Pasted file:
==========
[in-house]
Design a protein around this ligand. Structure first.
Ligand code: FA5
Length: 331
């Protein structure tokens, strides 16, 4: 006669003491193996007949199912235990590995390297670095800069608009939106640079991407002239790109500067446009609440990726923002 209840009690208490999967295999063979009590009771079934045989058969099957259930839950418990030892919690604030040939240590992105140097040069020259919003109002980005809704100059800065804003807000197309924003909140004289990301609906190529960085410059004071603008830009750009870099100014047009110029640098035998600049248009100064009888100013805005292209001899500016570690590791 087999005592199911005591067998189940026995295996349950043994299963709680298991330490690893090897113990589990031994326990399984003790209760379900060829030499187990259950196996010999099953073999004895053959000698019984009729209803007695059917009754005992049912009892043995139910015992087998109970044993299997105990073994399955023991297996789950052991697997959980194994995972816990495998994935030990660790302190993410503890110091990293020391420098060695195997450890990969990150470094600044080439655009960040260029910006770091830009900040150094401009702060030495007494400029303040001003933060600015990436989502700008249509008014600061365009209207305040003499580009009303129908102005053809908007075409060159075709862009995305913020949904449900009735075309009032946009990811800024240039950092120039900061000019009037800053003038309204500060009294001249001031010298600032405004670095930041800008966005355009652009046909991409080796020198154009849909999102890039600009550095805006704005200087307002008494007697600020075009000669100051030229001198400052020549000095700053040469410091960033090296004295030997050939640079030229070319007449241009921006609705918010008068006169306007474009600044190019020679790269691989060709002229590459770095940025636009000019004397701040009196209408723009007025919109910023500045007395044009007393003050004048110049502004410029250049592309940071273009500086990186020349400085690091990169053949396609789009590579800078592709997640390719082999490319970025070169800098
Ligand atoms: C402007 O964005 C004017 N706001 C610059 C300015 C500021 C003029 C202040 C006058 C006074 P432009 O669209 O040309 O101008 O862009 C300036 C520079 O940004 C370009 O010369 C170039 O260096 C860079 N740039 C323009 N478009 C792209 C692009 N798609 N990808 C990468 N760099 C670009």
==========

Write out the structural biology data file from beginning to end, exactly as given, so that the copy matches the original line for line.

[in-house]
Design a protein around this ligand. Structure first.
Ligand code: FA5
Length: 331
């Protein structure tokens, strides 16, 4: 006669003491193996007949199912235990590995390297670095800069608009939106640079991407002239790109500067446009609440990726923002 209840009690208490999967295999063979009590009771079934045989058969099957259930839950418990030892919690604030040939240590992105140097040069020259919003109002980005809704100059800065804003807000197309924003909140004289990301609906190529960085410059004071603008830009750009870099100014047009110029640098035998600049248009100064009888100013805005292209001899500016570690590791 087999005592199911005591067998189940026995295996349950043994299963709680298991330490690893090897113990589990031994326990399984003790209760379900060829030499187990259950196996010999099953073999004895053959000698019984009729209803007695059917009754005992049912009892043995139910015992087998109970044993299997105990073994399955023991297996789950052991697997959980194994995972816990495998994935030990660790302190993410503890110091990293020391420098060695195997450890990969990150470094600044080439655009960040260029910006770091830009900040150094401009702060030495007494400029303040001003933060600015990436989502700008249509008014600061365009209207305040003499580009009303129908102005053809908007075409060159075709862009995305913020949904449900009735075309009032946009990811800024240039950092120039900061000019009037800053003038309204500060009294001249001031010298600032405004670095930041800008966005355009652009046909991409080796020198154009849909999102890039600009550095805006704005200087307002008494007697600020075009000669100051030229001198400052020549000095700053040469410091960033090296004295030997050939640079030229070319007449241009921006609705918010008068006169306007474009600044190019020679790269691989060709002229590459770095940025636009000019004397701040009196209408723009007025919109910023500045007395044009007393003050004048110049502004410029250049592309940071273009500086990186020349400085690091990169053949396609789009590579800078592709997640390719082999490319970025070169800098
Ligand atoms: C402007 O964005 C004017 N706001 C610059 C300015 C500021 C003029 C202040 C006058 C006074 P432009 O669209 O040309 O101008 O862009 C300036 C520079 O940004 C370009 O010369 C170039 O260096 C860079 N740039 C323009 N478009 C792209 C692009 N798609 N990808 C990468 N760099 C670009």